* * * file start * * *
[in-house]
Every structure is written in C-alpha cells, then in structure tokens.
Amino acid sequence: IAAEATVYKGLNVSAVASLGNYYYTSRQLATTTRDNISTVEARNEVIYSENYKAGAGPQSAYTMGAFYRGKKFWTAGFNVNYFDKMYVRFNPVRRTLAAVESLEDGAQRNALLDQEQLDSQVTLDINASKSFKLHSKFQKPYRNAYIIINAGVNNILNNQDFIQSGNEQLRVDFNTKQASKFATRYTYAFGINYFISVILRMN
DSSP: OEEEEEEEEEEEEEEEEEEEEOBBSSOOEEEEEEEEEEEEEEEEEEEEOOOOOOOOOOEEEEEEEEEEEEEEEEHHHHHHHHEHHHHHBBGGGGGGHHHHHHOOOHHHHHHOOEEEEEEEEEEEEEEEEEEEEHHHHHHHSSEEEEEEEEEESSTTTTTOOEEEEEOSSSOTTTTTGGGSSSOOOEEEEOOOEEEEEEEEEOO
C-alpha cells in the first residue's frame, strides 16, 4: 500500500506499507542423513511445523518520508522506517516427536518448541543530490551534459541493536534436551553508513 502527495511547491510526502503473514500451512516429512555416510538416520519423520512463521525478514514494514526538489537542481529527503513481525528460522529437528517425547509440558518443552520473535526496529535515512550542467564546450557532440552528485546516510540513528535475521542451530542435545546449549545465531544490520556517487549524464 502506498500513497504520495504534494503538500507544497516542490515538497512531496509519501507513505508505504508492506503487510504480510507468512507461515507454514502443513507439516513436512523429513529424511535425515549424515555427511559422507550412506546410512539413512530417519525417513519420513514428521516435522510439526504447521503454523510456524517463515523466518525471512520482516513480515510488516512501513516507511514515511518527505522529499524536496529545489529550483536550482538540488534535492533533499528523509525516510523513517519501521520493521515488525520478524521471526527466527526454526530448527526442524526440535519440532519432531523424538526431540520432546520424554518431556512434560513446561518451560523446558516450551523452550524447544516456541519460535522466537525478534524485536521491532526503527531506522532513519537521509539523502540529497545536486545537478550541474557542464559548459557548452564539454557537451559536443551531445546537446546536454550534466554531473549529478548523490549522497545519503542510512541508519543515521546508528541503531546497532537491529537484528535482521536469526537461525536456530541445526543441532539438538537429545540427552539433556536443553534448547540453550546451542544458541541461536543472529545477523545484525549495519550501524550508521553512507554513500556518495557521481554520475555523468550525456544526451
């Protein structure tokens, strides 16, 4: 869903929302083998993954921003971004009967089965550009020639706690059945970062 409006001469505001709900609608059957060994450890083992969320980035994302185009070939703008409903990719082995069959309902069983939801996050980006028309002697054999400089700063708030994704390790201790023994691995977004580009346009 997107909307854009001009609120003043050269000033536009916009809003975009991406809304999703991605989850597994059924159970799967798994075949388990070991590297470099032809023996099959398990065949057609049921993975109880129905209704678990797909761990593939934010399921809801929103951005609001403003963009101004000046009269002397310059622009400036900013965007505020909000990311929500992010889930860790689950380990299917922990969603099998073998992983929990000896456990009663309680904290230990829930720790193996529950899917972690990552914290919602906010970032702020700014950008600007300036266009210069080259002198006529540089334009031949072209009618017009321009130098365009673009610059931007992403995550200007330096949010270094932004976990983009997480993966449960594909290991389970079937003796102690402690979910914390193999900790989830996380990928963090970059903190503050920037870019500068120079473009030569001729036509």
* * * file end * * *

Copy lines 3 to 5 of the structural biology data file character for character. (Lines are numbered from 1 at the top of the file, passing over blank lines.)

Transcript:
Amino acid sequence: IAAEATVYKGLNVSAVASLGNYYYTSRQLATTTRDNISTVEARNEVIYSENYKAGAGPQSAYTMGAFYRGKKFWTAGFNVNYFDKMYVRFNPVRRTLAAVESLEDGAQRNALLDQEQLDSQVTLDINASKSFKLHSKFQKPYRNAYIIINAGVNNILNNQDFIQSGNEQLRVDFNTKQASKFATRYTYAFGINYFISVILRMN
DSSP: OEEEEEEEEEEEEEEEEEEEEOBBSSOOEEEEEEEEEEEEEEEEEEEEOOOOOOOOOOEEEEEEEEEEEEEEEEHHHHHHHHEHHHHHBBGGGGGGHHHHHHOOOHHHHHHOOEEEEEEEEEEEEEEEEEEEEHHHHHHHSSEEEEEEEEEESSTTTTTOOEEEEEOSSSOTTTTTGGGSSSOOOEEEEOOOEEEEEEEEEOO
C-alpha cells in the first residue's frame, strides 16, 4: 500500500506499507542423513511445523518520508522506517516427536518448541543530490551534459541493536534436551553508513 502527495511547491510526502503473514500451512516429512555416510538416520519423520512463521525478514514494514526538489537542481529527503513481525528460522529437528517425547509440558518443552520473535526496529535515512550542467564546450557532440552528485546516510540513528535475521542451530542435545546449549545465531544490520556517487549524464 502506498500513497504520495504534494503538500507544497516542490515538497512531496509519501507513505508505504508492506503487510504480510507468512507461515507454514502443513507439516513436512523429513529424511535425515549424515555427511559422507550412506546410512539413512530417519525417513519420513514428521516435522510439526504447521503454523510456524517463515523466518525471512520482516513480515510488516512501513516507511514515511518527505522529499524536496529545489529550483536550482538540488534535492533533499528523509525516510523513517519501521520493521515488525520478524521471526527466527526454526530448527526442524526440535519440532519432531523424538526431540520432546520424554518431556512434560513446561518451560523446558516450551523452550524447544516456541519460535522466537525478534524485536521491532526503527531506522532513519537521509539523502540529497545536486545537478550541474557542464559548459557548452564539454557537451559536443551531445546537446546536454550534466554531473549529478548523490549522497545519503542510512541508519543515521546508528541503531546497532537491529537484528535482521536469526537461525536456530541445526543441532539438538537429545540427552539433556536443553534448547540453550546451542544458541541461536543472529545477523545484525549495519550501524550508521553512507554513500556518495557521481554520475555523468550525456544526451